3.6 Chapter 3 References

Atkinson, R. C., & Shiflrin, R. M. (1968). Human memory: A proposed system and its control processes. Psychology of Learning and Motivation, 2(1), 89-195.

Bandura, A., Ross, D., & Ross, S. A. (1963). Imitation of film-mediated aggressive models. The Journal of Abnormal and Social Psychology, 66(1), 3–11.

Jonassen, D., Peck, K. L., & Wilson, B. G. (1999). Technologies for meaning making. Learning with technology: A constructivist perspective (pp. 1 – 18). Columbus, OH: Prentice Hall.

Miller, G. A. (1956). The magical number seven, plus or minus two: Some limits on our capacity for processing information. Psychological Review, 63(2), 81.

Siemans, G. (2005). Connectivism: A learning theory for the digital age. International Journal of Instructional Technology and Distance Learning 2(1). Retrieved from https://citeseerx.ist.psu.edu/document?repid=rep1&type=pdf&doi=f87c61b964e32786e06c969fd24f5a7d9426f3b4.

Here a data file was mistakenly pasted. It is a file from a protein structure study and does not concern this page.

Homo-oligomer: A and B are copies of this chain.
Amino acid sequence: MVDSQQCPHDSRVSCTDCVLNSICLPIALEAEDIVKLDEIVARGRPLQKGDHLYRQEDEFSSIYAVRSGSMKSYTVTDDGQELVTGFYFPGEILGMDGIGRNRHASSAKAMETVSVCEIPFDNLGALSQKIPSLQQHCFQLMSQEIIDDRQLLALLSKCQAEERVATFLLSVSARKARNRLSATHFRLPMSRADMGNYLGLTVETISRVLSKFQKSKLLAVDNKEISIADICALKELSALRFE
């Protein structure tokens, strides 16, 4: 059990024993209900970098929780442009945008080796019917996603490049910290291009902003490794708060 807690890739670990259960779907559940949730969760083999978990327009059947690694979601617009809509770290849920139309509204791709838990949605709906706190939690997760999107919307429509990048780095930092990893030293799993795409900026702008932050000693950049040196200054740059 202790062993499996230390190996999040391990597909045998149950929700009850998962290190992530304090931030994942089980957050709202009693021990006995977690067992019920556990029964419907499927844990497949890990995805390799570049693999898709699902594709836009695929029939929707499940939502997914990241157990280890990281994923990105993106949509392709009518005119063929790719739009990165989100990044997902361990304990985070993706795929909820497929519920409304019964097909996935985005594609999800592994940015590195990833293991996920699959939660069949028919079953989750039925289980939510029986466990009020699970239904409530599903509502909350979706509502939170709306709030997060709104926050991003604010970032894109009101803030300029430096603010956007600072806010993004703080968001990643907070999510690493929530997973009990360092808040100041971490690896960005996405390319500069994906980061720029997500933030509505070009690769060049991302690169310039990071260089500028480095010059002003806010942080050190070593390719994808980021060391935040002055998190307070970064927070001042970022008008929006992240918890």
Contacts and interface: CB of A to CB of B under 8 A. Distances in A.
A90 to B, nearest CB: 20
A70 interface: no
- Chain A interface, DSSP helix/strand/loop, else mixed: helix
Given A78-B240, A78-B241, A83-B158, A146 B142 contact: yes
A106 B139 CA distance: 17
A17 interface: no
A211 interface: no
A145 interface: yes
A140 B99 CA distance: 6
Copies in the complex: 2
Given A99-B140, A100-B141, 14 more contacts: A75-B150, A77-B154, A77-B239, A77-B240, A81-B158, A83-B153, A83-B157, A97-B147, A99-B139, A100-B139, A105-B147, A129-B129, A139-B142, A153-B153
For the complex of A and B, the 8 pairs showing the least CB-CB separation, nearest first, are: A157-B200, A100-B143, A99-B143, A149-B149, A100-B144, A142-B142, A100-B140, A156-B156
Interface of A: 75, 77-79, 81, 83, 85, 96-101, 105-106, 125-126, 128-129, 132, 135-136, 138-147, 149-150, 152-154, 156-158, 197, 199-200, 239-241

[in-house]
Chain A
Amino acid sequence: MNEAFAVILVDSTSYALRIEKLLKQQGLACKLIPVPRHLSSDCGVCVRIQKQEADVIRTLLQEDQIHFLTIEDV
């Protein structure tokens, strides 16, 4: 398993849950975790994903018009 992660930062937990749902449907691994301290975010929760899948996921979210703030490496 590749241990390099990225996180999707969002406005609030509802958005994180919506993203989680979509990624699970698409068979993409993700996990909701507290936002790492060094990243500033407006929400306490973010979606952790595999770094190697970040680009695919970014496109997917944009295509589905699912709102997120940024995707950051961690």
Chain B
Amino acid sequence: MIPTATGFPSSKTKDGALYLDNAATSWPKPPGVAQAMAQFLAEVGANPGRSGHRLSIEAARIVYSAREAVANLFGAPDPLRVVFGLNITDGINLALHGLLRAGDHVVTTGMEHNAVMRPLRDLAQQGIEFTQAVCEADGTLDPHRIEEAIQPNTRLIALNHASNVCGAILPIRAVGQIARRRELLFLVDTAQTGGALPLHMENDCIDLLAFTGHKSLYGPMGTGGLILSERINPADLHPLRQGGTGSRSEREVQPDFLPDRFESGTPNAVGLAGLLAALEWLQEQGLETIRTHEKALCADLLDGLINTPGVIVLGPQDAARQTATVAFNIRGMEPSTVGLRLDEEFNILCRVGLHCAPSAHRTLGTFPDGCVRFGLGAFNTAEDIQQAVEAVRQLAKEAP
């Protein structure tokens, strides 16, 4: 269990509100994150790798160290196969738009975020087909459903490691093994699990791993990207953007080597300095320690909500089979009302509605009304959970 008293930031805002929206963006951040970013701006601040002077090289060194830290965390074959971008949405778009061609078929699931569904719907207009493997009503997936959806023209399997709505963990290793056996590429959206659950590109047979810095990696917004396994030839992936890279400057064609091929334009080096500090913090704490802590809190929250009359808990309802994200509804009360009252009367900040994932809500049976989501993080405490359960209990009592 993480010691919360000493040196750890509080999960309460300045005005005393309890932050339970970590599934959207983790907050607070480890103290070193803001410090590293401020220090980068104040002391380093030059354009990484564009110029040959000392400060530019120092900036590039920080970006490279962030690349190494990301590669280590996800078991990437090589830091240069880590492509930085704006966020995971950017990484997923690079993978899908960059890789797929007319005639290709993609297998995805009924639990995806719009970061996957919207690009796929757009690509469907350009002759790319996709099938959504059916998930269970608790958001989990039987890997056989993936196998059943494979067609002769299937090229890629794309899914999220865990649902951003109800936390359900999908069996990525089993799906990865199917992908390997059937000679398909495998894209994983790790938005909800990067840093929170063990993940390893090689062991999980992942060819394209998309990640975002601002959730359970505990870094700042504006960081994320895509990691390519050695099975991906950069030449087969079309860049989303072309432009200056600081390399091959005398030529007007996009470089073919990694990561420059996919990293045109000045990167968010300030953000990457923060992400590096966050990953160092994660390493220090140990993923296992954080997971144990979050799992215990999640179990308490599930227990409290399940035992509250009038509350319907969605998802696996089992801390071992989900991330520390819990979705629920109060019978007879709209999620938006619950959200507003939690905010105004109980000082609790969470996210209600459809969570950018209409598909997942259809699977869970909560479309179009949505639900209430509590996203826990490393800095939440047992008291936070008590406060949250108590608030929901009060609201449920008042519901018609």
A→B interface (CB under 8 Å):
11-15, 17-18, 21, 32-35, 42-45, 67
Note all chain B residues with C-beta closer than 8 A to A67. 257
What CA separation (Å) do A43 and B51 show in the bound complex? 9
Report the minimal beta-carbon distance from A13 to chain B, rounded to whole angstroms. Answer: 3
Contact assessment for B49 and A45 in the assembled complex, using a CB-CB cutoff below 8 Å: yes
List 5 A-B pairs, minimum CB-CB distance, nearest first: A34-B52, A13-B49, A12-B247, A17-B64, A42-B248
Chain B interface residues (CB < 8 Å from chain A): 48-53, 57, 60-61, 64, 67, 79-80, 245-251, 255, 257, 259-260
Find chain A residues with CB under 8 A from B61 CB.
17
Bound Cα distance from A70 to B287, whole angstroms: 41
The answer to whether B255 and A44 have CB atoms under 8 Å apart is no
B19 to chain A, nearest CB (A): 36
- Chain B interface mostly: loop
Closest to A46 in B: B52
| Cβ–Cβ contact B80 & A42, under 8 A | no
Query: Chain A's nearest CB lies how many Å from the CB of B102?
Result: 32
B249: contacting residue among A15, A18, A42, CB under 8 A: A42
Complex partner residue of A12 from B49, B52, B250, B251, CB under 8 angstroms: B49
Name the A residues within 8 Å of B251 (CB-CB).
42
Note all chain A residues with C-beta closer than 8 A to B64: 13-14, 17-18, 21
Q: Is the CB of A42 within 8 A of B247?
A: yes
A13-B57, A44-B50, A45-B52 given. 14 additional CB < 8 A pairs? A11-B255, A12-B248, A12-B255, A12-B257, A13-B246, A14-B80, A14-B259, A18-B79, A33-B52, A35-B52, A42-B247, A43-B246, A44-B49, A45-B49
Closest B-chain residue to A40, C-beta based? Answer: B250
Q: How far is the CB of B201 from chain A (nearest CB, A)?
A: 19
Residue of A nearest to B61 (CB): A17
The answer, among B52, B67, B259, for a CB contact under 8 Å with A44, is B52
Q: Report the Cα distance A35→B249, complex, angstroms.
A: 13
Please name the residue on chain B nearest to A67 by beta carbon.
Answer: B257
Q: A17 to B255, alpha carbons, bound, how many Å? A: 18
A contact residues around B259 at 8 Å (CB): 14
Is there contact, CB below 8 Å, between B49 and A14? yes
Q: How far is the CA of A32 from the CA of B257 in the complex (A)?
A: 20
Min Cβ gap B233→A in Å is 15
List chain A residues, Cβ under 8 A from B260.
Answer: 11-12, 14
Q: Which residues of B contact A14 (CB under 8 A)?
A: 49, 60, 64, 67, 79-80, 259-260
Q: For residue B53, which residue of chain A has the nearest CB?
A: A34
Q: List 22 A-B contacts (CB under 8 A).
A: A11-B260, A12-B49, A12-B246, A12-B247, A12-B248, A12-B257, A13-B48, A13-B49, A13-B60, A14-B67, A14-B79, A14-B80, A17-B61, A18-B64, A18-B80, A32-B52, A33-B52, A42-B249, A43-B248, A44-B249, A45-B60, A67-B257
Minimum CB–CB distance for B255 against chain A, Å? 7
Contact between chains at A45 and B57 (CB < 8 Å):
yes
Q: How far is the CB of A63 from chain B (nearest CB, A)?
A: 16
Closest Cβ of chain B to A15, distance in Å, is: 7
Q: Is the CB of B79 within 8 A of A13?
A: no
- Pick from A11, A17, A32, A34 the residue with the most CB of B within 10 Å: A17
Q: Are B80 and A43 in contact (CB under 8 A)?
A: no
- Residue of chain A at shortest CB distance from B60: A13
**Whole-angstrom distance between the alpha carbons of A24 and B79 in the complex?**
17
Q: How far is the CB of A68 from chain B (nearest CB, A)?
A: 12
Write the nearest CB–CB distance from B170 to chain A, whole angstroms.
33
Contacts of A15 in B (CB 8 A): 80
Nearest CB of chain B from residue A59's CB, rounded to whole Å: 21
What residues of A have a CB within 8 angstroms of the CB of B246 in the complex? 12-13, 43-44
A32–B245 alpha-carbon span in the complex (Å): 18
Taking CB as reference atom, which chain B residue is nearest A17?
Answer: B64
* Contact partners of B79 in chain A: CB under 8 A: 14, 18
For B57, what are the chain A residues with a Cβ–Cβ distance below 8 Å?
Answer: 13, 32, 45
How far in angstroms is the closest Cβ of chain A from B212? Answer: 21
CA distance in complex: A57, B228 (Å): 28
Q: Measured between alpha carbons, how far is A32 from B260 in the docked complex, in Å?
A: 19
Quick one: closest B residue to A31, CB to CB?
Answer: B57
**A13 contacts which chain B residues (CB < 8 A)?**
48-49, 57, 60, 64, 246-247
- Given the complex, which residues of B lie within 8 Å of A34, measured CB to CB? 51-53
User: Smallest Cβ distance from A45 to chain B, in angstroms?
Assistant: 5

Sweller, J. (1994). Cognitive Load Theory, learning difficulty, and instructional design. Learning and Instruction, 4(4), 295-312.


The sections on classical conditioning and observational learning in this chapter were taken from Chapter 7 of the open access textbook Introduction to Psychology, published by the University of Minnesota in 2015.  This text was itself adapted from a 2010 book published by an author who requested no attribution.


Icon for the Creative Commons Attribution-NonCommercial 4.0 International License

Foundations of Educational Technology Copyright © 2017 by Penny Thompson is licensed under a Creative Commons Attribution-NonCommercial 4.0 International License, except where otherwise noted.

Share This Book